Ready to have a great school year?
We all want our kids to do well in school. We want them to learn, develop confidence, feel safe, and grow into the wonderful people we know they’re capable of becoming. These tips from classroom teachers will help you navigate some common issues so that you and your child can have a great school year.
But be prepared…there’s a little tough love included in these tips as well.
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How to have a great school year
Tip #1: Get to know your child’s teacher
No, I don’t mean that you become BFF’s with her, but do go to open house or back to school night. Introduce yourself, leave your phone number and email address. Let her know that you’re interested in your child’s education and that you want to be her ally.
The sooner you do this in the school year, the better.
A teacher who feels like there is a receptive and supportive parent at home is more likely to take the time to keep you abreast of any developments that will affect your child’s performance and achievement…and that will give you peace of mind in addition to helping you have a great school year.
Tip #2: Be involved at school, but don’t hover
You know the type – the “helicopter” parent.
These parents are overly involved in everything that goes on in their child’s life, and school is no exception.
On the other hand, some parents become so uninvolved that teachers begin to wonder if the child actually HAS any parents. You don’t want to be at either end of the continuum. It’s sometimes a difficult balancing act, but your child is worth it.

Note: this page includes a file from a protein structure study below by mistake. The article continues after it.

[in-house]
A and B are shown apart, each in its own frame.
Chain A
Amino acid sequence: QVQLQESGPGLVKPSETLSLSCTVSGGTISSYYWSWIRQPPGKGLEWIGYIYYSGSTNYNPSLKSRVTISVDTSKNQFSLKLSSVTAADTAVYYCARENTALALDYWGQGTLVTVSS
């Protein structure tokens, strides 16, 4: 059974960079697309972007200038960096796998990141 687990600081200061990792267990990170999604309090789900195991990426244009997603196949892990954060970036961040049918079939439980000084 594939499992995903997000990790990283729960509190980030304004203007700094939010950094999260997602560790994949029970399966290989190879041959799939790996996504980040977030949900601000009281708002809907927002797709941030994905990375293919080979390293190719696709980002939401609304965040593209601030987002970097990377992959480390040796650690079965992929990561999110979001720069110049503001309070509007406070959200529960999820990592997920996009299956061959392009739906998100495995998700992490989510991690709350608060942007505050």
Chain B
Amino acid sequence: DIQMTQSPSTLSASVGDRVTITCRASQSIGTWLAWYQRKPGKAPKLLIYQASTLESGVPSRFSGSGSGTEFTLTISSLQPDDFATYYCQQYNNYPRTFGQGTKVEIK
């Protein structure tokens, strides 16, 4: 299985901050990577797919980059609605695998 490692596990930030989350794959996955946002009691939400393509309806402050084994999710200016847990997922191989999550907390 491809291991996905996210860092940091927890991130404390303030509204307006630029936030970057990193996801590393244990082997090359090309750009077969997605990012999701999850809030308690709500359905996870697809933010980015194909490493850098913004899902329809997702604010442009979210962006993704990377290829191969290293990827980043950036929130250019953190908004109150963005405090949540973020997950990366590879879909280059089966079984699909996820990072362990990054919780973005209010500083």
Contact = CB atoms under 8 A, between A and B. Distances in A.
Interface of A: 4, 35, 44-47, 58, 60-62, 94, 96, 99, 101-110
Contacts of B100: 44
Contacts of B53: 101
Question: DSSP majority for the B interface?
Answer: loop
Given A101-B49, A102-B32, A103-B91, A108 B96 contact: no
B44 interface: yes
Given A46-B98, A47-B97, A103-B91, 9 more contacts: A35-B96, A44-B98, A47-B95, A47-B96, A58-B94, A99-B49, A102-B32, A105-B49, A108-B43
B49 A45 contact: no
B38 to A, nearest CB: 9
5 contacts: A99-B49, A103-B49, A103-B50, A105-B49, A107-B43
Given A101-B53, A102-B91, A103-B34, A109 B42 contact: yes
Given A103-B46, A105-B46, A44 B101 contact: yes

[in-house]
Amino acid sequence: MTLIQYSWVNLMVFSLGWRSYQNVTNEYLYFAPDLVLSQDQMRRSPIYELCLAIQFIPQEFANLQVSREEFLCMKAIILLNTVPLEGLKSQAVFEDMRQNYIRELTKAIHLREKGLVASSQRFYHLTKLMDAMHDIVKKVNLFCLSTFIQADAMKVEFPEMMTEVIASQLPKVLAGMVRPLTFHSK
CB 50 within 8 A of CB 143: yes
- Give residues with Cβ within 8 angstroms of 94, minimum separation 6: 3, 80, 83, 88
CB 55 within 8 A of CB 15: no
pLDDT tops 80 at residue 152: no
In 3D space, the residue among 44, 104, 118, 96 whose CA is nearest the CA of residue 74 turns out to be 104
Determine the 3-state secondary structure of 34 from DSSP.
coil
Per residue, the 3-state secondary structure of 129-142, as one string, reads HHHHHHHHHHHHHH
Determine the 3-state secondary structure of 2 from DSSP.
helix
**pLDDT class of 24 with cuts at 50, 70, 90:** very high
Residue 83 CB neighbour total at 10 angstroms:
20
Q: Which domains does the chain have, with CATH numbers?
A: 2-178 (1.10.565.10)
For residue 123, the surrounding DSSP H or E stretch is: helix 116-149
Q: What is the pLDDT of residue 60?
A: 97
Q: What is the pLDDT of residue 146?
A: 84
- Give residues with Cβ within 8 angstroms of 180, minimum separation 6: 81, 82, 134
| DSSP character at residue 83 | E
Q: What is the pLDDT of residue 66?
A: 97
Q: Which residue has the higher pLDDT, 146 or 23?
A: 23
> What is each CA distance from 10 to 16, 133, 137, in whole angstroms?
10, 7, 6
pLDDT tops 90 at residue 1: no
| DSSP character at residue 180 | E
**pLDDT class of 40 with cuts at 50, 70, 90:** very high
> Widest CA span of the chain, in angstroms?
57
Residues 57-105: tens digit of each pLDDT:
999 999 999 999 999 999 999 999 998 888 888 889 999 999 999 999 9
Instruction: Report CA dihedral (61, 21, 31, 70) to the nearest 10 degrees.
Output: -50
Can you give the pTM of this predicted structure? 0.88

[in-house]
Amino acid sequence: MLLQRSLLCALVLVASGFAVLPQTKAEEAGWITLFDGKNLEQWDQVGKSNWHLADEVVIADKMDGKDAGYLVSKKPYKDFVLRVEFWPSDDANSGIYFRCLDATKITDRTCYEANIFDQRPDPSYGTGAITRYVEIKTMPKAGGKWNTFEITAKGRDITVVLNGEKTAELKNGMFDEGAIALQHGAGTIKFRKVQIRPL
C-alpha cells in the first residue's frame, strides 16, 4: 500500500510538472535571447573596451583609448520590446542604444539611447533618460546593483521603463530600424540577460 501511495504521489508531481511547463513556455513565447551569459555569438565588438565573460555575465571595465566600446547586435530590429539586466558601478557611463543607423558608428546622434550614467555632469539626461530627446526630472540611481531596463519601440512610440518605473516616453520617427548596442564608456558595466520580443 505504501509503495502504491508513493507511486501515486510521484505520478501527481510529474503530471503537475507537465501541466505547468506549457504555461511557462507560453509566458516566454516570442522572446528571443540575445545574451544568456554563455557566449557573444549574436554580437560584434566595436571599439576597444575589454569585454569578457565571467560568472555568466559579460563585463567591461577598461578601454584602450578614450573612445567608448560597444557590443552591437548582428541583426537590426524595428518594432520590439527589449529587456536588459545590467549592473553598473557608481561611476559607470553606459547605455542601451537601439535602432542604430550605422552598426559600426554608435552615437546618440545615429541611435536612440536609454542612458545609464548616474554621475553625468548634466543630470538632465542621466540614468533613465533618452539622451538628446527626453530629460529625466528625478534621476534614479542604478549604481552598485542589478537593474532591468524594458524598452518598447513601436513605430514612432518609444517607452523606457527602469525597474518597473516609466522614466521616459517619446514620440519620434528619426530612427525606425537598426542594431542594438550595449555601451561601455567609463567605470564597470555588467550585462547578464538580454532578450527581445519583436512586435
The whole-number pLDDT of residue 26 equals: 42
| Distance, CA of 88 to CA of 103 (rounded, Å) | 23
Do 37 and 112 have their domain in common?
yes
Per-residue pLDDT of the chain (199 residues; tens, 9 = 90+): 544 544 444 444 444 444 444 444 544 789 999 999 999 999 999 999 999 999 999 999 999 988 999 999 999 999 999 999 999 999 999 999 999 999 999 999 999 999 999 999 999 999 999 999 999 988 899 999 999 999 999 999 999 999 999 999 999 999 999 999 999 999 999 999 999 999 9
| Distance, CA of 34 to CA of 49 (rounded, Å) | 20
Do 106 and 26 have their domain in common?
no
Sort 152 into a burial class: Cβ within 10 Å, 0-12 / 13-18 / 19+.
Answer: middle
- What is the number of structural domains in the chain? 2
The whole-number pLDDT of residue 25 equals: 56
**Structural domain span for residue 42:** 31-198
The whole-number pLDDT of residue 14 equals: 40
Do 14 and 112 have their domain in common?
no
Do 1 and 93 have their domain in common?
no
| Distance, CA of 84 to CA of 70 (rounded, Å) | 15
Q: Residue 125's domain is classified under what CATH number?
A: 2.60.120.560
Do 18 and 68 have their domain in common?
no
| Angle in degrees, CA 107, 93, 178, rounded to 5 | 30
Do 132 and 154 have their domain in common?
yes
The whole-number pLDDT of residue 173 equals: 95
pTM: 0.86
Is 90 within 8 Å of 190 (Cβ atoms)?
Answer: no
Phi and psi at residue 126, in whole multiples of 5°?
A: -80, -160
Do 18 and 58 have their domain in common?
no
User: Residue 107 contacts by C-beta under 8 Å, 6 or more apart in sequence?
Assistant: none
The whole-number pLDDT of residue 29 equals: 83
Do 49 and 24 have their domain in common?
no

Tip #3: Don’t rescue your child from every failure
A sad fact of life is that all of us will experience failure at some point.
Oh, I don’t mean the life-crushing, soul-shattering kind that destroys lives, but there are small failures that your child will – and should – experience.
This is how a child learns to cope with life, deal with and recover from failure, and develop as a person. This is how resilience is born – and it can’t develop if you’re always there with a safety net to prevent your child from experiencing any failure. This doesn’t mean that I’m advocating letting your child completely flounder and drown – quite the opposite.
Experiencing a few age-appropriate failures doesn’t keep your child from having a great school year. As parents, our goal is to figure out the the proper amount of support to lend while also letting our child figure things out on their own.
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Tip #4: Encourage your child’s independence
It’s SOOOO hard to do this, I know. But a key milestone in having a successful school year is that your child becomes more independent each passing year. It’s how our children learn to stand on her own two feet.
There’s nothing magical about 18 candles on a cake. Your child won’t develop the maturity she needs unless you let her take appropriate steps to get there.
Tip #5: Don’t automatically blame the school or the teacher for your child’s problems
Schools and teachers have become easy scapegoats for a lot of problems that kids experience today.
I remember when I was a young teacher and a parent accused me of ruining her child’s life. Now you need to be aware that I had this student for 45 minutes every day – that’s it. The mom who was accusing me, on the other hand, had divorced the child’s father and quickly gone on to marry and divorce two other men before marrying for a fourth time. I strongly suspect – as I did then – that the child’s behavior problems were most likely caused by issues going on at home. But I was an easy target for a mother who wasn’t examining what else could be at the root of the child’s distress.
Now, in the interest of fairness…sometimes things at school ARE the cause of a problem.
And when they are, it’s our job as parents to figure out what’s going on so that a solution implemented.
My point is this…growing up is tough (for both kids and parents!). Before jumping to any conclusions, examine all factors. Take a look at what’s going on at home, what might be going on with friends and peers, and what’s going on in the classroom.
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Tip #6: Make your child do their homework or other projects
Yes, I know – it’s hard, he doesn’t like homework, it’s a battle to get him to do it. I’ve heard every excuse under the sun.